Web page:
Great, we now have our commandline command figured out. Next thing is to place this inside our supervisor configuration. Open a terminal and create the following file at /etc/supervisor/conf.d/owncloudcmd_sync.conf:

command=/usr/bin/owncloudcmd -s /path/to/owncloud/folder

The configuration begins with declaring a name for the program to run, which is owncloudcmd_sync. Next we actually pasted our command from earlier, with the extension that the complete path towards the owncloudcmd executable is used. This is necessary!
We then say that the program should be automatically started as well as restarted when the process is finished or aborted duo to errors. We only declare one logfile as the owncloudcmd just sents output using stderr instead of stdout.

Now that we have our supervisord configuration all set up we want to begin to use it. We just have to tell supervisord to look for new/updated program configurations first. This is done by executing the following:

$ sudo supervisorctl reread


$ sudo supervisorctl update

As we configured that supervisord should autostart our owncloudcmd command it should already be running at this point. To check this you could tail the logfile we just configured or use supervisorctl to listen in on the command's environment.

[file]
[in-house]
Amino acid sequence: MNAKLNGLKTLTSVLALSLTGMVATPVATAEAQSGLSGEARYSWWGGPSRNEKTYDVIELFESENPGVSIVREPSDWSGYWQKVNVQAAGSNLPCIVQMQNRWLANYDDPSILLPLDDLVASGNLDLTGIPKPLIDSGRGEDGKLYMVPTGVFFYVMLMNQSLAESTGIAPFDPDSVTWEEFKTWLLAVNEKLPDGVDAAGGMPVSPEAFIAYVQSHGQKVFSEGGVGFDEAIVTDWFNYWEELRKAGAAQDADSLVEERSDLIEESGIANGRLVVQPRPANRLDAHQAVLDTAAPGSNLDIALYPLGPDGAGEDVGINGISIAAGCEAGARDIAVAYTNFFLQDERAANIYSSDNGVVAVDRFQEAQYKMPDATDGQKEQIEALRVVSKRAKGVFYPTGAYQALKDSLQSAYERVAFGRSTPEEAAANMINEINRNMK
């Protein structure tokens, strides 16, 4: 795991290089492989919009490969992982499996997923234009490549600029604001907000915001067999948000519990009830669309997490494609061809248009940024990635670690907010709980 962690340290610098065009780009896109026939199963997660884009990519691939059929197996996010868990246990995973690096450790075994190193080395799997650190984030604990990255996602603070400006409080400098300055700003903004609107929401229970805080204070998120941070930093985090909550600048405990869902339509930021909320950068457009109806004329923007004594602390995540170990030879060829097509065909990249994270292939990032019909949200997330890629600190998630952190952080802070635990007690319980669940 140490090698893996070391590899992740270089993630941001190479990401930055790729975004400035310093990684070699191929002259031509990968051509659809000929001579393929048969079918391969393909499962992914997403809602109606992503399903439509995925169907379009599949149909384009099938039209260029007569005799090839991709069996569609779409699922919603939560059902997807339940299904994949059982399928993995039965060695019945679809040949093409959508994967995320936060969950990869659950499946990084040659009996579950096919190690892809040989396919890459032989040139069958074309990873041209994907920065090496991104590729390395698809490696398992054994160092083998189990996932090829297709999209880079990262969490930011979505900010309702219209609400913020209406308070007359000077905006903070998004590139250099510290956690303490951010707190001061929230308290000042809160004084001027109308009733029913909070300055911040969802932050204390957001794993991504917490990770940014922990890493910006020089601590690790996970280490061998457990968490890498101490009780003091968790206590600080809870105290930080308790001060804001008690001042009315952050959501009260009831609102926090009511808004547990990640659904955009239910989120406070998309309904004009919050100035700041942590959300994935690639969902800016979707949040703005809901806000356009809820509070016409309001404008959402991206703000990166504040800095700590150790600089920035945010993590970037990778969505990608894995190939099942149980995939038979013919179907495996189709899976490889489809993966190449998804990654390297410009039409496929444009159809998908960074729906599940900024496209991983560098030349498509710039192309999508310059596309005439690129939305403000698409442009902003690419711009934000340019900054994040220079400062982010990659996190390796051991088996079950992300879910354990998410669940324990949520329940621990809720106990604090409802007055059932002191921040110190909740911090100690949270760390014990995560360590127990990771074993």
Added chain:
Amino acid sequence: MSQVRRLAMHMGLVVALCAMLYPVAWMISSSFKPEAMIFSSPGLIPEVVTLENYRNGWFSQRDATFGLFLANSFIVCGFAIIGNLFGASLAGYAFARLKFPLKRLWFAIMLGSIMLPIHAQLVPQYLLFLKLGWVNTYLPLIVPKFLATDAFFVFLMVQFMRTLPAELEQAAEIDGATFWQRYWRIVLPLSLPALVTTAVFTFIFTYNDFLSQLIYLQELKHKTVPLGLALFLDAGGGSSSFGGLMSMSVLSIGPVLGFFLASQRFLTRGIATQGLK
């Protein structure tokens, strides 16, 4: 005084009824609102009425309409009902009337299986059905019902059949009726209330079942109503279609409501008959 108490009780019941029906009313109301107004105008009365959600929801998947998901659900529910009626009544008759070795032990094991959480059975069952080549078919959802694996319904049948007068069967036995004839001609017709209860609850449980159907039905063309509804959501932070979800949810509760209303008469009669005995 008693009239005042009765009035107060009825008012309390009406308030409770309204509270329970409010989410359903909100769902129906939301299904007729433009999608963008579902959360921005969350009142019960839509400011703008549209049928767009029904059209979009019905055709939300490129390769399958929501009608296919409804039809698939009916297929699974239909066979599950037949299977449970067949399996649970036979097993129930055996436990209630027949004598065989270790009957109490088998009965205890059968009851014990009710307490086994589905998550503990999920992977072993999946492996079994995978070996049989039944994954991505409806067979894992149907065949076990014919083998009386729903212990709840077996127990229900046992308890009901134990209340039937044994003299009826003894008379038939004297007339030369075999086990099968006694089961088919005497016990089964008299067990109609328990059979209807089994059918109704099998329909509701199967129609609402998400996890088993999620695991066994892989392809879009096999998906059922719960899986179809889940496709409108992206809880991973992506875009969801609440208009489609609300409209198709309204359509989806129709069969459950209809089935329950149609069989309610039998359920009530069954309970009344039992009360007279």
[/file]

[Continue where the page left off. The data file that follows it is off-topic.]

I hope this setup helped you with configuring your owncloud synchronization as it did with mine. If you have any questions or suggestions feel free to leave them in the comments below!

This article was written quite some time ago and might not be relevant anymore. Please be aware of this before extracting and/or applying anything from this article.

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About the author

Profile Picture Caroga

I am the Co-Founder and continuous Sponsor of 010PHP. Also a regular Community Supporter and PHP Enthusiast. I don't just like to express my creativity as a Developer, but also as a Musician and Photographer.

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Roberto Gardenier a.k.a. 'Caroga'

Founder and Continuous Sponsor of @010PHP. PHP Community Supporter, Hobby Musician and Photographer, New to Videography. Freelance Developer. Born in Brazil.